The return period and duration maps were prepared using coupling simple scaling approach, the Gumbel-derive F-quantile. Most of the landslide flagged in 3hrs-12hrs duration and 2-100 yrs return periods.

A coupled model of infinite model and rainfall is important for hazard mitigation in a mountainous area.

Acknowledgements

This research was supported by the Public Welfare and Safety Research Program through the National Research Foundation of Korea (NRF), funded by the Ministry of Science, ICT, and Future Planning (grant No. 2012M3A2A1050977), a grant (13SCIPS04) from Smart Civil Infrastructure Research Program funded by Ministry of Land, Infrastructure and Transport (MOLIT) of Korea government and Korea Agency for Infrastructure Technology Advancement (KAIA) and the Brain Korea 21 Plus (BK 21 Plus).

References

[1] Chung Y. S., Yoon M. B., and Kim H. S. (2004) On climate variations and changes observed in South Korea. Climatic Change. Vol. 66. pp. 151–161.

[2] Pradhan A. M. S. and Kim Y. T. (2015) Application and comparison of shallow landslide susceptibility models in weathered granite soil under extreme rainfall events.

Environmental Earth Sciences. Vol: 73, No. 9. pp. 5761–5771. [3] Guzzetti F., Reichenbach P., Cardinali M., Galli M., and Ardizzone F. (2005) Probabilistic landslide hazard assessment at the basin scale. Geomorphology. Vol. 72, pp. 272–299.

[4] Carrara A., Cardinali M., Detti R., Guzzetti F., Pasqui V., and Reichenback P. (1991) GIS techniques and statistical models in evaluating landslide hazard. Earth Surf. Processes Landforms, Vol. 16. pp. 427–445.

[5] Pradhan A. M S., Kang H. S., Lee J. S., Kim Y. T. (2017) An ensemble landslide hazard model incorporating rainfall threshold for Mt. Umyeon, South Korea. Bulletin of Engineering Geology and the Environment, pp. 1-16. (online first).

[6] Pradhan A. M. S., Kim Y. T. (2017) GIS-based landslide susceptibility model considering effective contributing area for drainage time. Geocarto International, pp. 1-20. (online first). [7] Saro L., Woo J. S., Kwan-Young O., Moung-Jin L. (2016) The

spatial prediction of landslide susceptibility applying artificial neural network and logistic regression models: A case study of Inje, Korea. Open Geosciences, Vol. 8, No. 1. pp. 117-132. [8] Montgomery D. R. and Dietrich W. E. (1994): A physically

based model for the topographic control on shallow landsliding.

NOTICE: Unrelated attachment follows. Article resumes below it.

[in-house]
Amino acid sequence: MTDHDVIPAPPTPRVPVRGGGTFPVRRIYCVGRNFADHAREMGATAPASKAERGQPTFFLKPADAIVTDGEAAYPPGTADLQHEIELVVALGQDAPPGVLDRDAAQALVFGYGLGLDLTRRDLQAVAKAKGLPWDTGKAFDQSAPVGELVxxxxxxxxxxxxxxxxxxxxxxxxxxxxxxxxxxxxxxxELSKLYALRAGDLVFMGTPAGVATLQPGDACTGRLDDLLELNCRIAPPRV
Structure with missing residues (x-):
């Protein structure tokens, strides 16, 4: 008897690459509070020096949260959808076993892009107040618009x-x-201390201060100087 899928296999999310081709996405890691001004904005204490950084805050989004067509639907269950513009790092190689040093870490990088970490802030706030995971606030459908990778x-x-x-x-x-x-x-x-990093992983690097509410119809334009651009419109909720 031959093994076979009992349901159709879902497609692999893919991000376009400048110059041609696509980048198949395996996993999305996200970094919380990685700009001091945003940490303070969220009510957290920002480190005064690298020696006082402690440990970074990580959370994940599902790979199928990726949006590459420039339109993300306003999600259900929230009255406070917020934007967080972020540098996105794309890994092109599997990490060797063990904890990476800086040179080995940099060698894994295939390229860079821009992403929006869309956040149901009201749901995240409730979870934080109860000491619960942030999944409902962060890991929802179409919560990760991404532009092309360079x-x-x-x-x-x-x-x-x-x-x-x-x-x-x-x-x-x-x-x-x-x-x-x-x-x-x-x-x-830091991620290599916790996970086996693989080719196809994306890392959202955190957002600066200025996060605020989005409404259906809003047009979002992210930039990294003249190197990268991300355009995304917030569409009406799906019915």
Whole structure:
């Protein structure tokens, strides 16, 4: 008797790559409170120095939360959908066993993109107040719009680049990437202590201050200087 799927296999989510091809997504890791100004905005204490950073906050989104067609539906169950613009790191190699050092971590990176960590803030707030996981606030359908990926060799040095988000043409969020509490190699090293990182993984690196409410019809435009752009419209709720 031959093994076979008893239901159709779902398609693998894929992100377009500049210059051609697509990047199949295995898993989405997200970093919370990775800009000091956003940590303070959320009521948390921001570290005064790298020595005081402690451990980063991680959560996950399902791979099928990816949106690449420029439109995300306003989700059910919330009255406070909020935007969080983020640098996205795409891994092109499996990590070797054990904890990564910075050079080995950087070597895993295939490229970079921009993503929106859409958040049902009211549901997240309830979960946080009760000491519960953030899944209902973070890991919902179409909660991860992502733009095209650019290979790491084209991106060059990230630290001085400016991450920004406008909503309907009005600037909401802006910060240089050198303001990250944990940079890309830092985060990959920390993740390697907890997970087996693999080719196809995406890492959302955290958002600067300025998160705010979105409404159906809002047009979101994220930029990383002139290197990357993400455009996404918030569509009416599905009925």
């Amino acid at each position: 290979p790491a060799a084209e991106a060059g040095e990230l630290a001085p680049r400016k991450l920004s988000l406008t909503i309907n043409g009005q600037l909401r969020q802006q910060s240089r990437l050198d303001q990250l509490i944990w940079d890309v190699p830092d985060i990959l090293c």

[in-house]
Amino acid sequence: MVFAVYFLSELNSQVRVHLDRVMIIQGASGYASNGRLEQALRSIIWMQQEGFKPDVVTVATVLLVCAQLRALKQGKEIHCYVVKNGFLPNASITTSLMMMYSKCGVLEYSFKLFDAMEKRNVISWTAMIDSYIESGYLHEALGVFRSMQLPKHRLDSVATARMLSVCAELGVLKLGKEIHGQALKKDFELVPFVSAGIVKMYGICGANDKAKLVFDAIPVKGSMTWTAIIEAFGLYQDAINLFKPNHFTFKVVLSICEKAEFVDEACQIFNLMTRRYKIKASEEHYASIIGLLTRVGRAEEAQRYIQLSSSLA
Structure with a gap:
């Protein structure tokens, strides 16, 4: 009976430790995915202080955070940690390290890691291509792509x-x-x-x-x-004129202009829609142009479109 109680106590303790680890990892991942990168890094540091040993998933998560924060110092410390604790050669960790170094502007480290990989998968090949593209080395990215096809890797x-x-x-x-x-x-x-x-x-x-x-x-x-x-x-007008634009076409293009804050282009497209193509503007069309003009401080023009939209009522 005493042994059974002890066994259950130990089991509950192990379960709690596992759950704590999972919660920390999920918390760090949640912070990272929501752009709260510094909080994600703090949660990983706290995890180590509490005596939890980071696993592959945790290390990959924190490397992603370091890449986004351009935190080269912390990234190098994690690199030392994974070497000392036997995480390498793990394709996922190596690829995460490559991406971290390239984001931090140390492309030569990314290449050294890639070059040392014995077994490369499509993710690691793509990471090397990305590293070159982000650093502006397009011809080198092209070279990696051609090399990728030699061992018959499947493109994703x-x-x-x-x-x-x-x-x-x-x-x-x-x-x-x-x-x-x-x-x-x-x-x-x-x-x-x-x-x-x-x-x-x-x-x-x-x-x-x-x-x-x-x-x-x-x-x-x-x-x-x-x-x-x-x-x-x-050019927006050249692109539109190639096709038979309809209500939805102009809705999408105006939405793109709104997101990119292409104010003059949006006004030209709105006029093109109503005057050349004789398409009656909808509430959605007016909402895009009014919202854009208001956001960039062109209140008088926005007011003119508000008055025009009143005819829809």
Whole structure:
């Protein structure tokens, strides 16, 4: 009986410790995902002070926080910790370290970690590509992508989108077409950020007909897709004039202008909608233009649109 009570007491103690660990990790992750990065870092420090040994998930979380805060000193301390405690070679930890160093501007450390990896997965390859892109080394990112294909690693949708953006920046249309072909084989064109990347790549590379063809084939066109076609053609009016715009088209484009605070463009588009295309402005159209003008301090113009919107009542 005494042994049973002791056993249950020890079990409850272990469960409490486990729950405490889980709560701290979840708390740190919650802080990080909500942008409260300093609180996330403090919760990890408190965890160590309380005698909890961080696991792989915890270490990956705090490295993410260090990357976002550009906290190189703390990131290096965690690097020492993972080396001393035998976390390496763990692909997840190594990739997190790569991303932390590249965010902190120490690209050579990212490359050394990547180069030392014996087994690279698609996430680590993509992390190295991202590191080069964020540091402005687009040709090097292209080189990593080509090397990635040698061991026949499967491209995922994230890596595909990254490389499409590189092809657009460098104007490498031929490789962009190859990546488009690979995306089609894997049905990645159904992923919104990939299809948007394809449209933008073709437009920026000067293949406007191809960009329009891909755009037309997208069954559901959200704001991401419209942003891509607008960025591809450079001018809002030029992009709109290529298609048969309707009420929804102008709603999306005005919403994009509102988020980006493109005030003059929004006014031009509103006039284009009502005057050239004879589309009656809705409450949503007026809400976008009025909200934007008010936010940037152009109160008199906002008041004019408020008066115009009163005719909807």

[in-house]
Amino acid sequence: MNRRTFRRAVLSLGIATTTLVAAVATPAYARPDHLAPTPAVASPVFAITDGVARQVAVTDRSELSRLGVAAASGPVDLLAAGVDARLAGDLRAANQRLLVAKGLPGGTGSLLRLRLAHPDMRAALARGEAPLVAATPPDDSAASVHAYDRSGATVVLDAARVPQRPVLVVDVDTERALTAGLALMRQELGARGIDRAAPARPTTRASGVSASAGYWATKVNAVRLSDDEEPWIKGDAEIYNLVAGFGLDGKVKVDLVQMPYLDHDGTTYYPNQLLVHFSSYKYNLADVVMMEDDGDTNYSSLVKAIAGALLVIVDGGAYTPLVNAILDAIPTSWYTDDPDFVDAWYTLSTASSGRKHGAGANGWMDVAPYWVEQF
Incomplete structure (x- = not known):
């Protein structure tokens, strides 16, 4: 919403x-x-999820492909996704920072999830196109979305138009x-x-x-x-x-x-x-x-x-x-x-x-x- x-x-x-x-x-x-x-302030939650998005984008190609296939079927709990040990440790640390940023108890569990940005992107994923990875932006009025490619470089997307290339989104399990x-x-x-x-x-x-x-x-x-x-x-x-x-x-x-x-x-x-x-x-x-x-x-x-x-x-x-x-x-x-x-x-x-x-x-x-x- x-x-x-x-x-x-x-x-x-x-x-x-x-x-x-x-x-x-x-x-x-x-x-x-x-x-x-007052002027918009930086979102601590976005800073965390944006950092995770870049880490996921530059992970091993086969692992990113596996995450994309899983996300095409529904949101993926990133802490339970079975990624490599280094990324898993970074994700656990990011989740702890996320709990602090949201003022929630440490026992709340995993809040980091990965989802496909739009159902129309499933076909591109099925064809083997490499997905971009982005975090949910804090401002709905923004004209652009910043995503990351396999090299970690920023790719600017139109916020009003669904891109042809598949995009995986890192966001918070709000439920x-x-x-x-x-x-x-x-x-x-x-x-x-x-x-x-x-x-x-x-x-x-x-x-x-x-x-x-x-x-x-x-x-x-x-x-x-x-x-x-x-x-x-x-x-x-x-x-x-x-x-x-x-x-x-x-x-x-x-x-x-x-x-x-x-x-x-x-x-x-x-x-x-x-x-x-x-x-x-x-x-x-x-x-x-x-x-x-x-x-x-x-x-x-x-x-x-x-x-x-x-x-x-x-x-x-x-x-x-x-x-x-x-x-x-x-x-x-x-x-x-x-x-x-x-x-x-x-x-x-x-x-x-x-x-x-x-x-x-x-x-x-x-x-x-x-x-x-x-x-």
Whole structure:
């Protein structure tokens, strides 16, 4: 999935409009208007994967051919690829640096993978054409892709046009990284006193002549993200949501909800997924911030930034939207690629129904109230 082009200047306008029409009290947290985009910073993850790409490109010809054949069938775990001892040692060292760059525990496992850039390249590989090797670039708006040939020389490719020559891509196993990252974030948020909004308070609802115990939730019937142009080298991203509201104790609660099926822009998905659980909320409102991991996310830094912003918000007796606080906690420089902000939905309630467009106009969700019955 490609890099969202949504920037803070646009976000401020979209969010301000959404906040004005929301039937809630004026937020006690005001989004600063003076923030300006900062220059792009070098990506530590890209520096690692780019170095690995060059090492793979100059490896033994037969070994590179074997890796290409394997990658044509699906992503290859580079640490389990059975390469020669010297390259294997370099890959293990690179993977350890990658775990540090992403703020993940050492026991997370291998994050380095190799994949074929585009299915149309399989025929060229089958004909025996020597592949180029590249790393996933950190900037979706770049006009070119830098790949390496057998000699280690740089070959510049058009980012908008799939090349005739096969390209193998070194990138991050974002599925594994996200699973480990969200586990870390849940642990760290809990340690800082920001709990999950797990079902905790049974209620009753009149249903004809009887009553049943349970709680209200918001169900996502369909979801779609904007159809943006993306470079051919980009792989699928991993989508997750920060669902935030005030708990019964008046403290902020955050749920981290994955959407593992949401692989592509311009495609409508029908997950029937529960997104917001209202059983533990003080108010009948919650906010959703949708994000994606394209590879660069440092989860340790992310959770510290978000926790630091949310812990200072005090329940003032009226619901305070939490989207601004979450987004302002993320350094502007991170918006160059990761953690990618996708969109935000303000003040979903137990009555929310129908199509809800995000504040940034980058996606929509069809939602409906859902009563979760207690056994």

Water Resources Research Vol. 30. pp. 1153–1171.

[9] O’Loughlin E. M. (1986) Prediction of surface saturation zones in natural catchments by topographic analysis, Water Resources Research, Vol. 22, No. 5. pp. 794–804.

[10] Tarolli P., Borga M., Chang K. T., Chiang S. H. (2011). Modeling shallow landsliding susceptibility by incorporating heavy rainfall statistical properties. Geomorphology. Vol. 133. No. 3. pp. 199-211.

[11] Brunsden, D. and Prior, D. B. (1984) Slope Stability. New York, Wiley, pp. 620.

[12] Borga, M., Dalla Fontana, G., and Cazorzi, F. (2002) Analysis of topographic and climatic control on rainfall-triggered shallow landsliding using a quasi-dynamic wetness index, J. Hydrol., Vol. 268, pp. 56–71.

[13] Barling, D. B., Moore, I. D., and Grayson, R. B. (1994) A quasi-dynamic wetness index for characterizing the spatial distribution of zones of surface saturation and soil water content, Water Resour. Res., Vol. 30, pp. 1029–1044.

[14] Koutsoyiannis, D., Kozonis, D., and Manetas, A. (1998) A mathematical framework for studying rainfall intensity-duration-frequency relationships, J. Hydrol., Vol. 206. pp. 118–135.

[15] Ceresetti, D., Molinié, G., and Creutin, J.-D. (2010) Scaling properties of heavy rainfall at short duration: A regional analysis, Water Resour. Res., Vol. 46, W09531, doi: 10.1029/2009WR008603.

Figure

Figure 1. Location and landslide distribution in study area.
Table 1. Geotechnical properties.
Figure 2. Input rainfall intensities in the model.
Table 2. Parameters estimated for Gumbel equation.

References